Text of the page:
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Hincmar and Anastasius: Lying, Treacherous Villains

Hincmar and Anastasius: Lying, Treacherous Villains

Paper by Shane Bobrycki, Harvard University

Given at the 2011 Haskins Society Conference, Boston College

Bobrycki examines an episode from the year 868, in which the Annals of St Bertin records that the wife and daughter of Pope Adrian II were kidnapped by Eleutherius, with the support of his brother Anastasius Bibliothecarius, who was the head of the Papal archives during this time. The two women were killed by Eleutherius, who later himself was executed, while Anastasius was punished by excommunication and deposition.

This story is only found in the Annals of St Bertin, and many scholars have doubts if it is true. The author of this section is Archbishop Hicnmar of Reims, who was reviled as a prominent forger of documents and for blinding his own nephew – Bobrycki calls him the “Rupert Murdoch of his times.”

Furthermore, Hicnmar of Reims had motive to write disparagingly of Anastasius – the latter had in previous years written letters criticizing the archbishop. So it remains a strong possibility that Hincmar was libelling Anastasius, or making use of flimsy evidence against him.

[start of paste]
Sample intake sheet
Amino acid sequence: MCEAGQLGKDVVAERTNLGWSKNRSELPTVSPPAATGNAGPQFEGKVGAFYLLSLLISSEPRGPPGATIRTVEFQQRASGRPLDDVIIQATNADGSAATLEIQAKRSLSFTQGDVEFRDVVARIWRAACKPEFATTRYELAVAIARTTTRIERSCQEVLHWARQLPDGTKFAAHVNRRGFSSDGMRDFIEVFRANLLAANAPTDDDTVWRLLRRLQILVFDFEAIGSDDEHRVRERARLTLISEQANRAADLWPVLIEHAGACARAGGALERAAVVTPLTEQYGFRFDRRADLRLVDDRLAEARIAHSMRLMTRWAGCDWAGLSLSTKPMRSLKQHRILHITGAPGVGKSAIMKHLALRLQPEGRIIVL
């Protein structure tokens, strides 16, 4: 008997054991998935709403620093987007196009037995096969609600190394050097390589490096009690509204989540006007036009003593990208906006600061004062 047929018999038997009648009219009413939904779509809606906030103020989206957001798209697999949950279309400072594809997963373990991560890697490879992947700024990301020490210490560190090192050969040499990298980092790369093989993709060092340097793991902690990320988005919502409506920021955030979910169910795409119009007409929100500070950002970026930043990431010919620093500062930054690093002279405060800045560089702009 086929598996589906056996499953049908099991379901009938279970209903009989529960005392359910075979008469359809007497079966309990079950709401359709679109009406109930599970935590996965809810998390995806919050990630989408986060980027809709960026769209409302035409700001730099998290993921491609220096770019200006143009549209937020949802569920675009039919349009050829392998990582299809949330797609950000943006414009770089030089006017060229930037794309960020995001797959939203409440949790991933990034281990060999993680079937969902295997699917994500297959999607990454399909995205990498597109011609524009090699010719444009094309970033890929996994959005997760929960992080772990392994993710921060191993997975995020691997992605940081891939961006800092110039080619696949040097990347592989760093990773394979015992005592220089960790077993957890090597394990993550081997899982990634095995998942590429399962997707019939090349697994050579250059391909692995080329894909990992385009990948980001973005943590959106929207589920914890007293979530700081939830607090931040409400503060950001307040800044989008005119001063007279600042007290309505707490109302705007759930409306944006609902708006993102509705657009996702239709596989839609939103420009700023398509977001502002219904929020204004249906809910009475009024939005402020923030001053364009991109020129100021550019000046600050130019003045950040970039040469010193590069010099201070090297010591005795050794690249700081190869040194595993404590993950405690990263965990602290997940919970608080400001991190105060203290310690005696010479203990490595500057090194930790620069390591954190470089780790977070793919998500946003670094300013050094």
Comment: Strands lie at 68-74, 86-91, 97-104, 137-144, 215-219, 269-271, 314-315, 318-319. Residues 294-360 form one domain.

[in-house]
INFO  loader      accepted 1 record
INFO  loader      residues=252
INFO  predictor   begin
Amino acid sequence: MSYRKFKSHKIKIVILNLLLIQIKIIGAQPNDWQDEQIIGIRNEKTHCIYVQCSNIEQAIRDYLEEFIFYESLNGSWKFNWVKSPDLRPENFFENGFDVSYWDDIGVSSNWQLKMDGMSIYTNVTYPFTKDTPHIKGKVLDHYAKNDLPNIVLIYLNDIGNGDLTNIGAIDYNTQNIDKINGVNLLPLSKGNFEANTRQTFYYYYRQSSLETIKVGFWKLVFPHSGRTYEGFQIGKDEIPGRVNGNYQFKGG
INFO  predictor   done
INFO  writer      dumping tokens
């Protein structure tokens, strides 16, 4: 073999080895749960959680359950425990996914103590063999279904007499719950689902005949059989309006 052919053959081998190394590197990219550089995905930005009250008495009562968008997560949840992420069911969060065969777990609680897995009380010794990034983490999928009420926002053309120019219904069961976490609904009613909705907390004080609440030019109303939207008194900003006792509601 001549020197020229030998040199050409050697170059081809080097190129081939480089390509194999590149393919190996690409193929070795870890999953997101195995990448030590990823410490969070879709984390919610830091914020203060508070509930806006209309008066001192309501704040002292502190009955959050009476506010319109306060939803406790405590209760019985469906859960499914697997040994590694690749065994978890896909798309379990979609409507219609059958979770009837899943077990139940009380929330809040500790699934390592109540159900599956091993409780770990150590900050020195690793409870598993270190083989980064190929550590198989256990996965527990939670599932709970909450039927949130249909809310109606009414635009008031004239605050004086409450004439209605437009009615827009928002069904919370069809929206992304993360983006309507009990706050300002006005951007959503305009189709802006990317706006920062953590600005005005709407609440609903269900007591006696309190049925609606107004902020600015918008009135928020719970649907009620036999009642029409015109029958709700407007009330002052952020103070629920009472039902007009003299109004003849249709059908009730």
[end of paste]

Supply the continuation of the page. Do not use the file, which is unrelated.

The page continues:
But Bobrycki points out another possibility – that Anastasius had not only took part in this murder, but had later covered up his actions and made sure that, with the exception of Hincmar’s report, that the written documentation of his acts were repressed.

While Anastasius was known as an important writer in his own period, he was also regarded as power-hungry – he was excommunicated at least three times, including for his attempt to be elected the Papal Throne after the death of Pope Leo IV in 855 – he was quickly deposed and is considered by historians to be an anti-Pope.

If Anastasius did assist in the kidnapping and murder of Pope Adrian’s wife and daugther, he certainly did not suffer any punishment for long, as he was seen again serving in high position within the Papacy in 869. His role in Papal archives would have allowed him to control much of the correspondence and historical records that were coming out, giving him the opportunity to rewrite history and obscure his role.

Either version of events related by Bobrycki has profound effect on our kno was historiography of that period so easy to lie in, or was the politics of Rome so corrupt that it allowed Anastasius to commit his crimes and get back into power within a year?

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